Theory of Change

By Bill Veltrop


What is our vision for society? How do we move from our shared current state of dissatisfaction with governance to a wise democracy? What needs to be in place in order to stay on course and continue to learn and grow together, given change is inevitable?

Change theory is an important component needing stakeholder agreement when new systems are being discussed, designed and implemented. It is also an inherent dimension in fields related to social and political sciences, as well as business and organizational consulting. David Gleicher originated the formula in the early ‘60s and it has been used and adapted by others since that time. The formula below is adapted from the original.

The formula is VxDxF>X.  V= a shared and compelling vision of the future and a broad strategy for getting there.  D=a requisite level of shared pain and dissatisfaction with the current state.  F=a clear first step toward the shared vision. X=the perceived cost of taking that first step.

If V, D, or F = 0, then the desired lasting change will not happen.  If X, the perceived cost, is based on unexamined fears, change is unlikely.  Bottom line, if lasting systemic change is your game as an organizational leader, change agent or activist, it is important to work effectively with all four variables.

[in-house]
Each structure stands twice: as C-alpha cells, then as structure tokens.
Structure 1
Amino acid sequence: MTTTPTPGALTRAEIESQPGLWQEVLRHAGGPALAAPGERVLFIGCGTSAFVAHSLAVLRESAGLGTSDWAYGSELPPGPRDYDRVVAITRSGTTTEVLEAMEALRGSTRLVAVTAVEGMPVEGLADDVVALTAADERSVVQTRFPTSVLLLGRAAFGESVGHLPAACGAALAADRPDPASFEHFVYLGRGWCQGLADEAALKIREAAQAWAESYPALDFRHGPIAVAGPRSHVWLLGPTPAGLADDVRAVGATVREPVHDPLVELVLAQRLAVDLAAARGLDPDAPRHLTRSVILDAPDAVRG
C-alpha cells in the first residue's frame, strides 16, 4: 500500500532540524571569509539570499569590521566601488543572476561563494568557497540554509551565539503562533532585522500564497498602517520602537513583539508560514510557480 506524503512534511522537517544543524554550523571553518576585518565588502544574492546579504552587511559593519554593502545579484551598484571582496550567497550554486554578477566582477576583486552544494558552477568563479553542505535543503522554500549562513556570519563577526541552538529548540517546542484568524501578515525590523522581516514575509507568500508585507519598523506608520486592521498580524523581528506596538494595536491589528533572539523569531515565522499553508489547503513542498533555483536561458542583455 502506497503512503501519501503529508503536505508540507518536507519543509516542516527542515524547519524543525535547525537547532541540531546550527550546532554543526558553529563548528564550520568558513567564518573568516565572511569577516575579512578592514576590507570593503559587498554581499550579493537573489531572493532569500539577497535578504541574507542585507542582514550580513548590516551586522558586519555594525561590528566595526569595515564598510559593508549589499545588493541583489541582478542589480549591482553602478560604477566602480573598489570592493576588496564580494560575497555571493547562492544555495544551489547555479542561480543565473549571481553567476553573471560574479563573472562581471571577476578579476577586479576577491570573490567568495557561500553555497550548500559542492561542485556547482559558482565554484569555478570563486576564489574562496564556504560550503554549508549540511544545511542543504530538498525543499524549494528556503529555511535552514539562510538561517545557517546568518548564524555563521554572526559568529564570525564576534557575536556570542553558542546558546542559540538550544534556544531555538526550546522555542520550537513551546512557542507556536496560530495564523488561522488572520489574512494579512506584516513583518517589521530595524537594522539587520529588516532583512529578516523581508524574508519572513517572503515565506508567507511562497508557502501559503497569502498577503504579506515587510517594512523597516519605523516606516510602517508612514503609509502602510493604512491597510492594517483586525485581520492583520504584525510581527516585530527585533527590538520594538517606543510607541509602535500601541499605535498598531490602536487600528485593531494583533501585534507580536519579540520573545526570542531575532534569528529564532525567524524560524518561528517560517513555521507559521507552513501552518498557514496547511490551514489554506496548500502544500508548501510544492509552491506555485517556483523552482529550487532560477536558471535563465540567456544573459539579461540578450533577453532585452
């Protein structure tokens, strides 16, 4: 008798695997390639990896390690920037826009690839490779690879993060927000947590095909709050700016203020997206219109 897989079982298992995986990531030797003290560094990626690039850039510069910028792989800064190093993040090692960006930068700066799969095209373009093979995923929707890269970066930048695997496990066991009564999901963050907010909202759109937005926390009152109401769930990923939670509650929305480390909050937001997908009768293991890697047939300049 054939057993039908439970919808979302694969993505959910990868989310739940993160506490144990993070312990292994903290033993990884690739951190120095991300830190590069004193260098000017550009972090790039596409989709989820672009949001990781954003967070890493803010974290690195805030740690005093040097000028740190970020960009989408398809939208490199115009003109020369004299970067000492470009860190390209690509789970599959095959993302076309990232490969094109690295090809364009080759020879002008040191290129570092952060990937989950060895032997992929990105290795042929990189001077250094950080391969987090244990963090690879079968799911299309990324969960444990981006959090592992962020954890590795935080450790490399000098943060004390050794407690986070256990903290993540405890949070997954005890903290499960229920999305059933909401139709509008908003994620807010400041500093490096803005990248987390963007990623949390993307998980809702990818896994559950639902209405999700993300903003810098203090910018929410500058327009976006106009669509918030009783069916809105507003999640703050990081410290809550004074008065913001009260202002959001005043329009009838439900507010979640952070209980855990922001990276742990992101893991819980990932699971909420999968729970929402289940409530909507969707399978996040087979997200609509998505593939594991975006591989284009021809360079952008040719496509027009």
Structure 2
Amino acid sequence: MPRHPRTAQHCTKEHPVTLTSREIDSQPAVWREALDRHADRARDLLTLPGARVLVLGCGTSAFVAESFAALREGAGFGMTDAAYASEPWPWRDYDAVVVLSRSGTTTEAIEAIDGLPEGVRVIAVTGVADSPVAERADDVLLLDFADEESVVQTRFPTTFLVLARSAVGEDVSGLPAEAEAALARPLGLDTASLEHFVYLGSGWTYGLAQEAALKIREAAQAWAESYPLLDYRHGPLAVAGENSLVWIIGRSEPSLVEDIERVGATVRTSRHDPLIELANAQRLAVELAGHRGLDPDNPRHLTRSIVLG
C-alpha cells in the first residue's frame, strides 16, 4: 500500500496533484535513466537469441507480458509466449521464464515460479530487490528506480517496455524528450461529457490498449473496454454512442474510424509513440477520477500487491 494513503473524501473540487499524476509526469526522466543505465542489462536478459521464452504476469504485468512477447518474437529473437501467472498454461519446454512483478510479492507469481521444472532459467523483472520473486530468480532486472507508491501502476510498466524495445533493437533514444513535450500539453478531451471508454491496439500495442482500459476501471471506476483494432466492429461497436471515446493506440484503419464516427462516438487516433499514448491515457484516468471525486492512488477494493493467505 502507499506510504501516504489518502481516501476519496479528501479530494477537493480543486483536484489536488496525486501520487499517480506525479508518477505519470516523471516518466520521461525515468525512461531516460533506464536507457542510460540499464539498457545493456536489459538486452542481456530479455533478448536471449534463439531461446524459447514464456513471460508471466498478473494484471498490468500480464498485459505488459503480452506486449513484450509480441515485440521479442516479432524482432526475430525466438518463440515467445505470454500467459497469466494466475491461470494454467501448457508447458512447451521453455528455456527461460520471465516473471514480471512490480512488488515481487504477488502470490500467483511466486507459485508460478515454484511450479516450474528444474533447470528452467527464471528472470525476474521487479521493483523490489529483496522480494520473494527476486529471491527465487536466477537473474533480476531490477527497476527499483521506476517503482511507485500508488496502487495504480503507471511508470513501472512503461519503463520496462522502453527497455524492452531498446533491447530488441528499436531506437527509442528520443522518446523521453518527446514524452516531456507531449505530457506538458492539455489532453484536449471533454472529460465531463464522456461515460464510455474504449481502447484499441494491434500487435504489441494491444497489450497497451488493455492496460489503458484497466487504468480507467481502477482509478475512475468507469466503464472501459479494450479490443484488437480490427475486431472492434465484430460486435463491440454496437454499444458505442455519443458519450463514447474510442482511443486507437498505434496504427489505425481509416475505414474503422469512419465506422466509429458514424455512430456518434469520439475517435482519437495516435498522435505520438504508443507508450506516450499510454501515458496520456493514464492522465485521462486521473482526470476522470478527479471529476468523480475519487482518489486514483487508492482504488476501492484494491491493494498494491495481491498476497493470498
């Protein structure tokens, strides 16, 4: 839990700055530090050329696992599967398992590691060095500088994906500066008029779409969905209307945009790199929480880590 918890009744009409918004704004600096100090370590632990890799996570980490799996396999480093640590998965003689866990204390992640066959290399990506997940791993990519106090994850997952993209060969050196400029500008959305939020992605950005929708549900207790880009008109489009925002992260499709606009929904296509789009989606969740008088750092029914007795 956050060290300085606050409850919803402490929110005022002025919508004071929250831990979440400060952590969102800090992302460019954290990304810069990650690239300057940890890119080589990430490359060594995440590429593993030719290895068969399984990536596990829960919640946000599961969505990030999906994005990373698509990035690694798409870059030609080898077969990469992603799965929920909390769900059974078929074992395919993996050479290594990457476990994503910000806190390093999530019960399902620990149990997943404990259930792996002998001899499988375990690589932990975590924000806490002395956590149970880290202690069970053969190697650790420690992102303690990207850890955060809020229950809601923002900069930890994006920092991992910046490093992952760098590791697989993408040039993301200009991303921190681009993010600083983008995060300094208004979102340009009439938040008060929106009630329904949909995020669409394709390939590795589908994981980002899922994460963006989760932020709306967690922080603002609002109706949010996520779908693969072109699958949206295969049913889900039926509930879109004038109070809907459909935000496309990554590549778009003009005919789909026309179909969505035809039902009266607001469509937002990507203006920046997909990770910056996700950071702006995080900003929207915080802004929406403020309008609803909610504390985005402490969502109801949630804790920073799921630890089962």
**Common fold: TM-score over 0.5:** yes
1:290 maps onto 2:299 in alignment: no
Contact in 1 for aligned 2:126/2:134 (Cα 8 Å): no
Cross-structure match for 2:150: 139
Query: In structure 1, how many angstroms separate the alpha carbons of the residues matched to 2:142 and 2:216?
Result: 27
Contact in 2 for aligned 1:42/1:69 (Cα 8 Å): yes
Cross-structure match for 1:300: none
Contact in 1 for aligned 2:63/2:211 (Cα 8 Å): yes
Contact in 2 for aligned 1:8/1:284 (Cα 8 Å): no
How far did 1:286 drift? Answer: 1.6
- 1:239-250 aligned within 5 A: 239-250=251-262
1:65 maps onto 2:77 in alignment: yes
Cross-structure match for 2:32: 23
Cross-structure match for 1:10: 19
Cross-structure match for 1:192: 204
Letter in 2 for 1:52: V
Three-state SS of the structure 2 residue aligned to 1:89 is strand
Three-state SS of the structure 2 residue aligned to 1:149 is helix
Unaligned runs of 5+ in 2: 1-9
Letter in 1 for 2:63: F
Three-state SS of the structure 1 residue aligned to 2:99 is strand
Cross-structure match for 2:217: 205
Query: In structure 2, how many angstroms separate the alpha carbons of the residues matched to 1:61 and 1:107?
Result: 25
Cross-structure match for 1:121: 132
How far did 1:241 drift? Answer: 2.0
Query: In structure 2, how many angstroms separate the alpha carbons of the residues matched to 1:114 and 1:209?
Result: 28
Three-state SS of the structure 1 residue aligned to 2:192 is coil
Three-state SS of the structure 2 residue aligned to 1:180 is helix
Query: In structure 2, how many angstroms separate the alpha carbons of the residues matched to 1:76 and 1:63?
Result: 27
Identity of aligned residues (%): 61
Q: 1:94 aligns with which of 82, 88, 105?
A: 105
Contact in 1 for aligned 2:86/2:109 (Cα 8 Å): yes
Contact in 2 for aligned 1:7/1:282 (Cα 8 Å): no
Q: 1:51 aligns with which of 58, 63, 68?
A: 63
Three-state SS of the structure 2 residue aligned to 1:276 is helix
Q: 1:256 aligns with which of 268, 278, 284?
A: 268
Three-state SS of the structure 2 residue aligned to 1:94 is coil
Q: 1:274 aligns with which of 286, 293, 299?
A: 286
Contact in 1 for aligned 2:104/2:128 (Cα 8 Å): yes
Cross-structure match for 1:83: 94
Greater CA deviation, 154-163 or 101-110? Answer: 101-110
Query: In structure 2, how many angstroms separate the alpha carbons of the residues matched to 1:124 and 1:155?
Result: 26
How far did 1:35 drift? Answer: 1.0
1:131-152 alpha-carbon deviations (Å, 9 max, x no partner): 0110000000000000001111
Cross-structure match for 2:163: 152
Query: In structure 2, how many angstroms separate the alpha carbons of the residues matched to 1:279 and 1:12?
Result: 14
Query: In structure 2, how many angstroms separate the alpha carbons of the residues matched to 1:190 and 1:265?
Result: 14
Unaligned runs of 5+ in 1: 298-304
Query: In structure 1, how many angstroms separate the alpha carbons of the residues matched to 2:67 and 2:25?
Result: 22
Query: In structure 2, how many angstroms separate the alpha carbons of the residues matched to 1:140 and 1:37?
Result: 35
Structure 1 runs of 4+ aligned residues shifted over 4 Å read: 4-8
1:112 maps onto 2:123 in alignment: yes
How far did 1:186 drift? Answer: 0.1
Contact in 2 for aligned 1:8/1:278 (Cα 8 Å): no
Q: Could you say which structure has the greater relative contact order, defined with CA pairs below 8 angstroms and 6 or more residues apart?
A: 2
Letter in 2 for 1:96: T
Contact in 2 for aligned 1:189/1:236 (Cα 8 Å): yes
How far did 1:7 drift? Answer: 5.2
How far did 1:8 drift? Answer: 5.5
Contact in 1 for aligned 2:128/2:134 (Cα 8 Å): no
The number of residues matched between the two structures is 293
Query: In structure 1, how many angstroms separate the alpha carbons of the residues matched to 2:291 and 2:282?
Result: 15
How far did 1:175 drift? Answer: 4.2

In addition to the equation, which focuses on whether there will be movement toward the compelling shared vision, there is another lens important for the change architect to master. The 3-Span Bridge Lense helps us understand that, for a system to develop new and enhanced systemic capacities, 3 distinct capacity-building spans need to be in place, and each one needs to be sufficiently strong.

            Expertise – both the expertise that the system needs to weave into the fabric of its operations and also the special expertise to support the system’s process of growing that expertise.

            Infrastructure – whatever new roles and processes and systems are required to develop, grow, and evolve the desired systemic capacity.  For example, feedback loops designed not only to guide and reinforce, but also to produce generative ripples can be very important to develop and propagate new capacities.

            Resources – increased leadership attention and some dedicated funds are normally required when developing new and enhanced organizational capacities, especially in the early stages.